Another article in our series of things NTs say about Autistics. Tikatia Morris is the marketing director at NeuroDiversity Consulting LLC. Learn more here and check out the intro to the series as well as our article on discipline.
"But he's so smart!"
"Are you sure she isn't just faking it?"
"He doesn't look autistic."
"Aspergers...that's just a little socially awkward."
By: Tikatia Morris
In 2008, radio show host, Michael Savage had this to say about autism:
"fraud, a racket. ... I'll tell you what autism is. In 99 percent of the cases, it's a brat who hasn't been told to cut the act out. That's what autism is. What do you mean they scream and they're silent? They don't have a father around to tell them, 'Don't act like a moron. You'll get nowhere in life. Stop acting like a putz. Straighten up. Act like a man. Don't sit there crying and screaming, idiot."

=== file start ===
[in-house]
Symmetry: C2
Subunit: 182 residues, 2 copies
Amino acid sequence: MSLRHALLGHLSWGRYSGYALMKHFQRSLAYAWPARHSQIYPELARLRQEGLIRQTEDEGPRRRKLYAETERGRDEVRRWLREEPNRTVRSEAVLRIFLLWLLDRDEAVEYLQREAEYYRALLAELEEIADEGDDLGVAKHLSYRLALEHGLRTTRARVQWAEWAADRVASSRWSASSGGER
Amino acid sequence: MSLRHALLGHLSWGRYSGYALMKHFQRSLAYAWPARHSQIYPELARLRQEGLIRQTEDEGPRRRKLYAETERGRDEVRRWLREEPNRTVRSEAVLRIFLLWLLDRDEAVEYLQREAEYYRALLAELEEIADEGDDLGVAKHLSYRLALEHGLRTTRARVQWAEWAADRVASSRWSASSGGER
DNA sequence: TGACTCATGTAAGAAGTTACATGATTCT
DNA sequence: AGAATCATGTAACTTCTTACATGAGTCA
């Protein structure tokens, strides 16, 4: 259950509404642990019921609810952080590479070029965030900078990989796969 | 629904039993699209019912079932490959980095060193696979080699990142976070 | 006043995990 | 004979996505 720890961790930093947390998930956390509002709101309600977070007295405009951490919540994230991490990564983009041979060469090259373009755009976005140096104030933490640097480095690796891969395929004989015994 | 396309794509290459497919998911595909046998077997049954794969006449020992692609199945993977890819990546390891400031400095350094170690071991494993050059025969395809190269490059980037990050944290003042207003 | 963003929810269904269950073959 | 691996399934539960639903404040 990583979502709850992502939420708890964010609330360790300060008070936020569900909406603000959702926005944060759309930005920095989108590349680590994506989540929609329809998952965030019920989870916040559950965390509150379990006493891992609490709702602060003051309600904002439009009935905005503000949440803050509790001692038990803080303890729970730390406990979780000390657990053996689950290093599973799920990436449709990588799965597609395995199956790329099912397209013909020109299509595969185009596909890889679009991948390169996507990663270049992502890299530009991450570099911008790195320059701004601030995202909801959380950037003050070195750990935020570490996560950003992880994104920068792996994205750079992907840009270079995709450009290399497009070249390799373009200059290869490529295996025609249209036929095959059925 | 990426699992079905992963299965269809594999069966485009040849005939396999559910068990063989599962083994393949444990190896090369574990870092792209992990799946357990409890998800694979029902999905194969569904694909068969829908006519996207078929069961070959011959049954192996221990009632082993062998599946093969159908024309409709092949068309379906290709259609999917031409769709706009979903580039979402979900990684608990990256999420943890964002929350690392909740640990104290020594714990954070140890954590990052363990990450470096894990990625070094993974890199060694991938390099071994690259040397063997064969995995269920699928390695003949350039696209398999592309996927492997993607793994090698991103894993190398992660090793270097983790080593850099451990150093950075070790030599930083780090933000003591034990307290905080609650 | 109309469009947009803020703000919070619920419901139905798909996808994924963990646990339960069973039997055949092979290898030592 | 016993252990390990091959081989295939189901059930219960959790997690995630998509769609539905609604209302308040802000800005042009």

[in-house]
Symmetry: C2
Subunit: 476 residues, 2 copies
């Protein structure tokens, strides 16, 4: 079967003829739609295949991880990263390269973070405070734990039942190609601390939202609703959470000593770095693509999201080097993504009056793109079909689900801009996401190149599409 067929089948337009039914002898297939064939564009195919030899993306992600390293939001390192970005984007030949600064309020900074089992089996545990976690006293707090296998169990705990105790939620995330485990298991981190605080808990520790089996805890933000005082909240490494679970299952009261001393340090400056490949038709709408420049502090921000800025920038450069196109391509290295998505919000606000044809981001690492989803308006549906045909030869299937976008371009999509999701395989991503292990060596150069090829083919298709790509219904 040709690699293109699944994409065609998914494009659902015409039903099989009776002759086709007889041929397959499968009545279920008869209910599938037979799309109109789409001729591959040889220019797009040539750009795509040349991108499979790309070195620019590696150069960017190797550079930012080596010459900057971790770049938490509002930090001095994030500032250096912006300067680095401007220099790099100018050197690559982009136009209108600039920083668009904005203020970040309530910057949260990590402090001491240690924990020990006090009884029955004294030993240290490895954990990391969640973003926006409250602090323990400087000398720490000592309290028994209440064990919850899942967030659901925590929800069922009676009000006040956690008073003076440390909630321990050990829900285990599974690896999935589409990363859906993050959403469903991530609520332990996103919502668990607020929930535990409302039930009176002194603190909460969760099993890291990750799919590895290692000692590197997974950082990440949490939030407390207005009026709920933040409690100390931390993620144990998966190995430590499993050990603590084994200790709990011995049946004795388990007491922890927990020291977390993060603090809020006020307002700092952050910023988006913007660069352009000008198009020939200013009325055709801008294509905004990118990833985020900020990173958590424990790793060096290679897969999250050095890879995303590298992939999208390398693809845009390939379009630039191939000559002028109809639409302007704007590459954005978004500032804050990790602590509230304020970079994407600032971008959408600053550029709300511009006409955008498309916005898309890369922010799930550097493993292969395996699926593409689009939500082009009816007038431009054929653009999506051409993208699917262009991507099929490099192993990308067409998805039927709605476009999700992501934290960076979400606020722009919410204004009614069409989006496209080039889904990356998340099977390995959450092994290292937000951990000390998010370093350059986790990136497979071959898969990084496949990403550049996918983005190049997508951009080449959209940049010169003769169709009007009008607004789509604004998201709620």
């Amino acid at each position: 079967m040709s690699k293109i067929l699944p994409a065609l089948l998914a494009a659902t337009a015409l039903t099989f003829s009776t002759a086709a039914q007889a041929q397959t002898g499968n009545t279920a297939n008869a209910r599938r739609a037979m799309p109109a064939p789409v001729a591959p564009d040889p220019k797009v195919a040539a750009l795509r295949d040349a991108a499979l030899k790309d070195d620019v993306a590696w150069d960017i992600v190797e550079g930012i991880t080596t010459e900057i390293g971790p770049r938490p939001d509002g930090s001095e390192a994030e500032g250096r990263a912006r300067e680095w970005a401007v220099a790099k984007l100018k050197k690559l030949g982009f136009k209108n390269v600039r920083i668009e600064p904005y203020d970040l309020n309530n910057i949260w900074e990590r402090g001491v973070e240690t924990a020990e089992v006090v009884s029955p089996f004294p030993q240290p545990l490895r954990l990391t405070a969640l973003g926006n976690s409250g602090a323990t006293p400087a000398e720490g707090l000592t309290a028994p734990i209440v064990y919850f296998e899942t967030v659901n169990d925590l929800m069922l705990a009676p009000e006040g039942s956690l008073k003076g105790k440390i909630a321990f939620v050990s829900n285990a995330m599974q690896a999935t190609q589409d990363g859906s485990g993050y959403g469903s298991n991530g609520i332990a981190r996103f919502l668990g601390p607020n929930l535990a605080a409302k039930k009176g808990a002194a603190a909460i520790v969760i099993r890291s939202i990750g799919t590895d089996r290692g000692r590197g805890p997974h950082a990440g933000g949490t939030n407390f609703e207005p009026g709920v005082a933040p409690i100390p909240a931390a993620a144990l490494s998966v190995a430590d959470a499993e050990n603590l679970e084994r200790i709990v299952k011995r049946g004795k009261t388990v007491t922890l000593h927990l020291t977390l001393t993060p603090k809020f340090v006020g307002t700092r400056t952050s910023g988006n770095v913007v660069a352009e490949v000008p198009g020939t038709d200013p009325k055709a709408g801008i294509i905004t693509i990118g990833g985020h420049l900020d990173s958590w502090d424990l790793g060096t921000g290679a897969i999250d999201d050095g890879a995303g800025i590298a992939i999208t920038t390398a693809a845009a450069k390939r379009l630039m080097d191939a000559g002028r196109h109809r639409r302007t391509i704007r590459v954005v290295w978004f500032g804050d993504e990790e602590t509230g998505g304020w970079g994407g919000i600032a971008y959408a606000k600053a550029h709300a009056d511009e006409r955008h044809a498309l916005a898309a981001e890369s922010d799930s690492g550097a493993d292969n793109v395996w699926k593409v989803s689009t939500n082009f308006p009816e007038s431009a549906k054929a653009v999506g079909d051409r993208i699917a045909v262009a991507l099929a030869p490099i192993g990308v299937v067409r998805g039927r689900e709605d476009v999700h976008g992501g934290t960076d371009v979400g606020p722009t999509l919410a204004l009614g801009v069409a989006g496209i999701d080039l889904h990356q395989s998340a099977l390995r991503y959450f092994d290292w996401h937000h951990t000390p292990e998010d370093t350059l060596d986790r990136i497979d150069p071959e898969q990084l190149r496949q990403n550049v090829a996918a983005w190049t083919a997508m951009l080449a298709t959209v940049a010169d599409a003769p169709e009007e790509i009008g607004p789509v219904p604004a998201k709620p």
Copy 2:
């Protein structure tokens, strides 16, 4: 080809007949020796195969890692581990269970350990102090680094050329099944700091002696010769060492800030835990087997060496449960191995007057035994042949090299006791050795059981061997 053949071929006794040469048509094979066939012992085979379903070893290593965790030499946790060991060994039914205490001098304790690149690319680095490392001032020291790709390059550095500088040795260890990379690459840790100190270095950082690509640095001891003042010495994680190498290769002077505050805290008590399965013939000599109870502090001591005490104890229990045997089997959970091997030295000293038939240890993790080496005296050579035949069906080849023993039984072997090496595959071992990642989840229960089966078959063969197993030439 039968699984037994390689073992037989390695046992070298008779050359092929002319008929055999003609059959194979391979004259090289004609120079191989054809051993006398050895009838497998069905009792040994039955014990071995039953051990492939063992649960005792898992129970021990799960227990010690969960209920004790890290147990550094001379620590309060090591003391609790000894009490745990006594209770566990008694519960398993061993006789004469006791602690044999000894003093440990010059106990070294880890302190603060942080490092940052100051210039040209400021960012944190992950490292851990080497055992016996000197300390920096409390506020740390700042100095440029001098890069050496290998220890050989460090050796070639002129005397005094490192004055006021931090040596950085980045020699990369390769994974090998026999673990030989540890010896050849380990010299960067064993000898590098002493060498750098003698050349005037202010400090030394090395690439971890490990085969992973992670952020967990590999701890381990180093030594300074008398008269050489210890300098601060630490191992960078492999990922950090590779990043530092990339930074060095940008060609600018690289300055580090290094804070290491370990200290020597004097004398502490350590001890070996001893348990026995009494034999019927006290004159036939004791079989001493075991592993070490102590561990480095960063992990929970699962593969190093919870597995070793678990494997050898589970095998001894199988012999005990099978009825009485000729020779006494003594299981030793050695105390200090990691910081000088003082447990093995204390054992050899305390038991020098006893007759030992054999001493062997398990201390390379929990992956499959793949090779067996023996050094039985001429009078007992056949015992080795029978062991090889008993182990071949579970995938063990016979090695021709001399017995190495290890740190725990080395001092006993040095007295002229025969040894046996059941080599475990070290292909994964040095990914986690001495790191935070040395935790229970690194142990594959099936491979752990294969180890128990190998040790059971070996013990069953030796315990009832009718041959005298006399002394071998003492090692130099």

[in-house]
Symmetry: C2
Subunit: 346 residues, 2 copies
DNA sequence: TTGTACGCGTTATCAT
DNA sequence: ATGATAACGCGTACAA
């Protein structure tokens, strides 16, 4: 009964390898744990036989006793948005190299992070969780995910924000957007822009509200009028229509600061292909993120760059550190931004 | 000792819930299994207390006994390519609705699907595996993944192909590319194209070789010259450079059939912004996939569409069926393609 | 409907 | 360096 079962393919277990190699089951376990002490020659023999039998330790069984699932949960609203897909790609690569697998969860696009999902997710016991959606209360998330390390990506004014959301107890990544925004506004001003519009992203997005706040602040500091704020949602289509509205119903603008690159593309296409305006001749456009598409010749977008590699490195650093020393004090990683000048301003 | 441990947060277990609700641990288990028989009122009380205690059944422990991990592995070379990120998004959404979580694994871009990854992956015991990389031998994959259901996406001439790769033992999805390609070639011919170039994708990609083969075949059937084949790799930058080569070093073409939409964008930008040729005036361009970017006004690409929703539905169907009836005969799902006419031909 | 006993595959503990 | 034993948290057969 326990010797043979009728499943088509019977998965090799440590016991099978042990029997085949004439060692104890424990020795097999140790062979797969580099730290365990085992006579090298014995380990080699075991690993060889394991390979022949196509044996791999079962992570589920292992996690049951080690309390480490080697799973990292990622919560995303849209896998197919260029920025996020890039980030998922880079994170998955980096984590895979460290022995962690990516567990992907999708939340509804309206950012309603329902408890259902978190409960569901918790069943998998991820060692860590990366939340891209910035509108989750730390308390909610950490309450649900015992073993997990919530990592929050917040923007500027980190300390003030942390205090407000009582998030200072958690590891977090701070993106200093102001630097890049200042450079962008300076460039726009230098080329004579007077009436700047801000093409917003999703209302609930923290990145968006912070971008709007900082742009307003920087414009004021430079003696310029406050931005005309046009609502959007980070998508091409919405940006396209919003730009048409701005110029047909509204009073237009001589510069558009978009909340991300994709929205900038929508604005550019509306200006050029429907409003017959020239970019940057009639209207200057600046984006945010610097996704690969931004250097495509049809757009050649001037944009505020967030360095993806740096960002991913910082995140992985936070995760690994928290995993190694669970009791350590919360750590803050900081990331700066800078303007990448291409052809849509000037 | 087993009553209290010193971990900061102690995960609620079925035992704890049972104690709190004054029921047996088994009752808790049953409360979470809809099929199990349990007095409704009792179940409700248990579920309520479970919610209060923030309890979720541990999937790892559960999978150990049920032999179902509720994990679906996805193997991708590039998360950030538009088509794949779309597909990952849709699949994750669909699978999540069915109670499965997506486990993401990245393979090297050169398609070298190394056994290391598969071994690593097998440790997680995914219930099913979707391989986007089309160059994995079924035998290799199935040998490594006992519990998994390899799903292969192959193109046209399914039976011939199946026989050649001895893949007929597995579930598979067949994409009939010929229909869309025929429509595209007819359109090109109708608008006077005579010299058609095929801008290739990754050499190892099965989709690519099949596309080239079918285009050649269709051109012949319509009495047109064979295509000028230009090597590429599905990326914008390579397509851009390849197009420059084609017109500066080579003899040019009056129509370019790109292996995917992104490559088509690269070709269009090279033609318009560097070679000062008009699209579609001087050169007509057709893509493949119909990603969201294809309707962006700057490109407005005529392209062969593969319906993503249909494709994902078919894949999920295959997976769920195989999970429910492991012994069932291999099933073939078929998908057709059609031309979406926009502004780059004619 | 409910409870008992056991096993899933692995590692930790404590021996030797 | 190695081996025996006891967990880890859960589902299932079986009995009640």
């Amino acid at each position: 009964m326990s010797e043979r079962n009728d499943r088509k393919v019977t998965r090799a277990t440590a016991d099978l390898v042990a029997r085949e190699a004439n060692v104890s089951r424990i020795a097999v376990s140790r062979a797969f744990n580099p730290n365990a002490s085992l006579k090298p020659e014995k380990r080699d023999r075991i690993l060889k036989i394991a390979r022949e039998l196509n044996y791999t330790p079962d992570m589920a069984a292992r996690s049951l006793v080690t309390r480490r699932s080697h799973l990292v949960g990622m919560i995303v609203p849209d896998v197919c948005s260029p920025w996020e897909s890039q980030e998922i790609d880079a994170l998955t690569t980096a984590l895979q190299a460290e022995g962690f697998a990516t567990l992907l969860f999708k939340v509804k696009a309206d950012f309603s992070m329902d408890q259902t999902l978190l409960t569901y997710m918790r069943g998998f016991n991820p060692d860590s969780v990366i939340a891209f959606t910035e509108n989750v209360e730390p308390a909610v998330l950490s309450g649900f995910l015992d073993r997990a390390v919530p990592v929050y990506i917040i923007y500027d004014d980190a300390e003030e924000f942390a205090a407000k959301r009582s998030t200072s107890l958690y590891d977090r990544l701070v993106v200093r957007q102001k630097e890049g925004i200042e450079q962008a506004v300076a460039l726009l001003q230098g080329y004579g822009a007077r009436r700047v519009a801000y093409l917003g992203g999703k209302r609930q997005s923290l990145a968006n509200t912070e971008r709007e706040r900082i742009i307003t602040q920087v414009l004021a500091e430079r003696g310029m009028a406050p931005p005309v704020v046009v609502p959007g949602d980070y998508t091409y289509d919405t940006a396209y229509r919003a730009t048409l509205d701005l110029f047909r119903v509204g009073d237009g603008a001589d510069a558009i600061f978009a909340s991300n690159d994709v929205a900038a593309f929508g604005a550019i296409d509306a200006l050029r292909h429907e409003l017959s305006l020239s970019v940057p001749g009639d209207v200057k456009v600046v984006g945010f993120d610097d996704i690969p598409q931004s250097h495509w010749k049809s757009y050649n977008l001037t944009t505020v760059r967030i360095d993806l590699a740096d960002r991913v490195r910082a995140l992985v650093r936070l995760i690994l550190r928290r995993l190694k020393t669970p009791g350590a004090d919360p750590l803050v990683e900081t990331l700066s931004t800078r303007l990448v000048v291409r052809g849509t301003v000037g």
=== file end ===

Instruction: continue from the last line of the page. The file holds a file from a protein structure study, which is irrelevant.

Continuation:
Here is how one adult with autism described how it feels when a person doesn't believe in the diagnosis:
"As if living your whole life incapable of being normal no matter how much effort you put in isn't bad enough, there are people that try to convince you that the condition you're diagnosed with doesn't exist and that you're just a social failure."
Autism is, by definition, a spectrum disorder. Individuals with autism have strengths and weaknesses, just the same as their neurotypical counterparts. Some individuals have excellent verbal skills, are sociable, and enjoy being around other people regularly. This does not invalidate their diagnosis. This simply means that they have those skills as a strength.